Terry admits that the store has probably always been staffed a little on the high side as he felt that service was very important. “Despite the fact that the place was busy, people still don’t have to spend a lot of time, waiting in line. When I see a queue, I cringe. Between full and part time we have 47 people but about 27 of these are part-time students just doing a couple of shifts a week.”

Realistic about the future

Terry is definitely proud of what he has achieved here and so he should be but he is also realistic about the future. “I don’t think we’re ever going to see the boom times again in our lifetime. But things won’t be as bad as this indefinitely. Nobody knows when things will improve and that’s the worry. So much of it is outside your own control. You just have to get on with it.”

So far all the work seems to have been worth it as turnover is 25% up on this time last year but Terry says: “We’re still nowhere near where we want to take it so the challenge is right there to try to drive it on.” 

Here’s the science bit!

Ciaran McNally, head of store development for Musgrave has been of paramount importance through the whole revamp process and explains the thought processes behind the design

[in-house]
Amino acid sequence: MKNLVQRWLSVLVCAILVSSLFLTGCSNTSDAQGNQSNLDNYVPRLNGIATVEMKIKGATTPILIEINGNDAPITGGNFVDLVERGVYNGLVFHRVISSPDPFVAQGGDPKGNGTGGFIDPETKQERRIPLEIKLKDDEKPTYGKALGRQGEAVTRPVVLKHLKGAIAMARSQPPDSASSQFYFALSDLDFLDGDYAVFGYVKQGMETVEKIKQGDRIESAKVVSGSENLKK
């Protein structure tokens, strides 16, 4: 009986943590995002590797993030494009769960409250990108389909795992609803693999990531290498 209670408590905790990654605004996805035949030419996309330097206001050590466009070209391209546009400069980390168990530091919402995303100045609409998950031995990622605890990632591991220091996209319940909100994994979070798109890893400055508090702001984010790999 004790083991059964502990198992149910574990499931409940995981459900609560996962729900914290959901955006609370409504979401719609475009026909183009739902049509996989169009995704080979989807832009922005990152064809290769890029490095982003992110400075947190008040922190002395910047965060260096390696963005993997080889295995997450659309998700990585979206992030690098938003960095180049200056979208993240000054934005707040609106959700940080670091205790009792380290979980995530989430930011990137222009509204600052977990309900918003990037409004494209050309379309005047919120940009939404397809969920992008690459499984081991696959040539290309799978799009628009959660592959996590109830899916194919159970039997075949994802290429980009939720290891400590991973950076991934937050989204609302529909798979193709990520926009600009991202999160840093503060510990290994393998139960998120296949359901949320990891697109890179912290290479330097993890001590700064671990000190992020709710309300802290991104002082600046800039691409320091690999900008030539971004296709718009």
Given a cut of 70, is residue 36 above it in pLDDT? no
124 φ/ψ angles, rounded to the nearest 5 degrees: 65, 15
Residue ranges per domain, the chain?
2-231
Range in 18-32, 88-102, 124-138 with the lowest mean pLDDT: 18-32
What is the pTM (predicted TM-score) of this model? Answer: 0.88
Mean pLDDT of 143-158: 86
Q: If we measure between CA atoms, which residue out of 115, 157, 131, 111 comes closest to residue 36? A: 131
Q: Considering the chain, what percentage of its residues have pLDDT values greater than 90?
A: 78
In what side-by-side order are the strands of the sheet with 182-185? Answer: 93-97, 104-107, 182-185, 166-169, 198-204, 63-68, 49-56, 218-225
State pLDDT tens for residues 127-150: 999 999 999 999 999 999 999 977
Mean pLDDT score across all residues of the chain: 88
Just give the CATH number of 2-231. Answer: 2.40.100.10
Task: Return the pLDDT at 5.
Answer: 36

The store development team at Musgrave began discussions with Terry in 2009 about redeveloping his store. Ciaran says that from the start Terry had a great vision of where he wanted it to go.

“The brief and the vision for this store was to be honest, reliable, familiar, have daily fresh food, give excellent service and offer local sustainability. The needs of that vision were price reassurance, top-up essentials, daily fresh, food-for-later solutions and consistent quality delivered within the store.”

Ciaran explains that they identified two clear formats when planning the design. “We wanted to grow the neighbourhood format. You have your 12 hour shop for the convenience shopper and your 72 hour top-up shop for products like fruit and veg, ready meals and grocery.

“These were two challenges for the layout of the store as due to its two different customer missions as it’s high convenience plus because of the demographic you have a lot of top-up shoppers. The front of the store is very convenience focused – coffee, deli, mags, confectionery.

“You then see the scratch bakery and the deli. As you continue through the shop, you see meal solutions, food for later, ambient and the deals. One of the things we tried to do was make it very customer centric.”

Ciaran says that one of the principles of the design was that they wanted the products to be the hero, rather than the design. “We now have the space to show off the products and it doesn’t feel cluttered. All you see is great food, fantastic value, and a fresh, bright store.”